T1 - Forms of fettering: Application forms and the exercise of discretion in the welfare state

AU - Meers, Jed Graham

PY - 2019/4/25

Y1 - 2019/4/25

N2 - Application forms are often the compulsory interface between citizens and their social rights. Applicants for support must navigate the questions, checklists and blank spaces in often long, detailed documents to assert their social entitlements. Given their ubiquity and the central role they play in the administration of the welfare state, it is perhaps surprising that they have been neglected in favour of a focus on other documentation, principally policy and guidance. This paper argues that the non-fettering ground of review – a principle whose jurisprudence is tied to the design and use of policy – also engages application forms. Through an analysis of 271 application forms used to administer the localised Discretionary Housing Payment scheme in England, three examples of their fettering potential are provided: the imposition of exhaustive criteria; requiring the applicant to self-classify or disclose irrelevant considerations; and constraining responses through tied evidential requirements. By arguing that the non-fettering ground should not limit itself to one kind of document (policy) when administrators are so reliant on another (application forms), the paper’s broader agenda is to argue that principles of good administration should apply to all documentation used to administer social entitlement.

AB - Application forms are often the compulsory interface between citizens and their social rights. Applicants for support must navigate the questions, checklists and blank spaces in often long, detailed documents to assert their social entitlements. Given their ubiquity and the central role they play in the administration of the welfare state, it is perhaps surprising that they have been neglected in favour of a focus on other documentation, principally policy and guidance. This paper argues that the non-fettering ground of review – a principle whose jurisprudence is tied to the design and use of policy – also engages application forms. Through an analysis of 271 application forms used to administer the localised Discretionary Housing Payment scheme in England, three examples of their fettering potential are provided: the imposition of exhaustive criteria; requiring the applicant to self-classify or disclose irrelevant considerations; and constraining responses through tied evidential requirements. By arguing that the non-fettering ground should not limit itself to one kind of document (policy) when administrators are so reliant on another (application forms), the paper’s broader agenda is to argue that principles of good administration should apply to all documentation used to administer social entitlement.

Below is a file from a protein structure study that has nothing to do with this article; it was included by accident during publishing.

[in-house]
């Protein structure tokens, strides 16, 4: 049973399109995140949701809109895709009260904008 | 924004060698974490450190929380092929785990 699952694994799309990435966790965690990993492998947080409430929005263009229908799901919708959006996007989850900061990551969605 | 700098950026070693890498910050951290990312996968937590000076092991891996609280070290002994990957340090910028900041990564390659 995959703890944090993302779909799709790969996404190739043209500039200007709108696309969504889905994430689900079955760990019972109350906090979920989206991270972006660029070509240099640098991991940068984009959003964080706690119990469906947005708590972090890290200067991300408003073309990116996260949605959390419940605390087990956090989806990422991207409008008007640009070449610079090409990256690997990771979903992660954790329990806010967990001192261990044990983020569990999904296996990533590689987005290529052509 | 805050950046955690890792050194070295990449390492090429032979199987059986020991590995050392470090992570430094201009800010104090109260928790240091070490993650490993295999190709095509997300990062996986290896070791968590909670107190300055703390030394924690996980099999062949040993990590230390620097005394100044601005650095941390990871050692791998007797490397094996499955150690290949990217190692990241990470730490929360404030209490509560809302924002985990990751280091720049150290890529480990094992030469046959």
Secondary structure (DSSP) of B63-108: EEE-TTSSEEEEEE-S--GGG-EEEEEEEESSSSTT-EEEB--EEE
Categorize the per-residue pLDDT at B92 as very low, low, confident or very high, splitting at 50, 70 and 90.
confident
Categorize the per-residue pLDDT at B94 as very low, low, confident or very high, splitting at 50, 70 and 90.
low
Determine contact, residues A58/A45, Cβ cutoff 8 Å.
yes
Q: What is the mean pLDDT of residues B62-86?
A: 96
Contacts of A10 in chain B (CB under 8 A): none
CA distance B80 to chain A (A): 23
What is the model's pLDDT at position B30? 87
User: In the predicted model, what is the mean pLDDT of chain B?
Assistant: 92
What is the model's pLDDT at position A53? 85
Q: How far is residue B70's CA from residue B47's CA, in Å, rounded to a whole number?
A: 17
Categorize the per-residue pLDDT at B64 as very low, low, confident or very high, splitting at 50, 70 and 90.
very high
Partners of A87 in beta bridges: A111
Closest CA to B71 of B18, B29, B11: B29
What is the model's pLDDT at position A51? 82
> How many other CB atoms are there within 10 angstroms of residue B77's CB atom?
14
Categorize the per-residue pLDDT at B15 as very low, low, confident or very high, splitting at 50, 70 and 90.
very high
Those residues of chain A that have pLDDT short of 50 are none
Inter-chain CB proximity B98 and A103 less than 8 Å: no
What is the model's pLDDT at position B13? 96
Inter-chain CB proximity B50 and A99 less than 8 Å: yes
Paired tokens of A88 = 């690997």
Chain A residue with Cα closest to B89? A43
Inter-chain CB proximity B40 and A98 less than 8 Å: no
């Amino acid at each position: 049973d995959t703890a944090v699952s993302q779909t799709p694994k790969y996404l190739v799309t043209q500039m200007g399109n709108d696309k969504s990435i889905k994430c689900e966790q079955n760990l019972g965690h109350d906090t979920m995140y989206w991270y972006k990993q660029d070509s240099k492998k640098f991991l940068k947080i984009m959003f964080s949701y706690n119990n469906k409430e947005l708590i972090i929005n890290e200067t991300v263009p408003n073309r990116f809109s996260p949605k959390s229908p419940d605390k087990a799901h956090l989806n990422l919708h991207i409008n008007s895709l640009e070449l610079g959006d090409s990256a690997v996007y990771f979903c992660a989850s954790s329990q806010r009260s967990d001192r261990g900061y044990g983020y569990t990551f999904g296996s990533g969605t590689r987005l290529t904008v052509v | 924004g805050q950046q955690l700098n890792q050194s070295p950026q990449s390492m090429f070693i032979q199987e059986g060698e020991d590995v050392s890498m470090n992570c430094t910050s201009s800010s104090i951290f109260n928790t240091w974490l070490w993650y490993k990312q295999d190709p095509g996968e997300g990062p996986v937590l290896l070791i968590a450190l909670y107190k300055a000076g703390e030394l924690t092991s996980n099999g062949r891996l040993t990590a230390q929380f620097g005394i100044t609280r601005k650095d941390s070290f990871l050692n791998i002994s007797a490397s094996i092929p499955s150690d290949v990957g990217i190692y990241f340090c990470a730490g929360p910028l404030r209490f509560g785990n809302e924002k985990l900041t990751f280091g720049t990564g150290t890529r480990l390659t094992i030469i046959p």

M3 - Article

VL - 42

JO - Journal of Social Welfare and Family Law

T2 - Journal of Social Welfare and Family Law

JF - Journal of Social Welfare and Family Law

SN - 0964-9069

IS - 2

ER -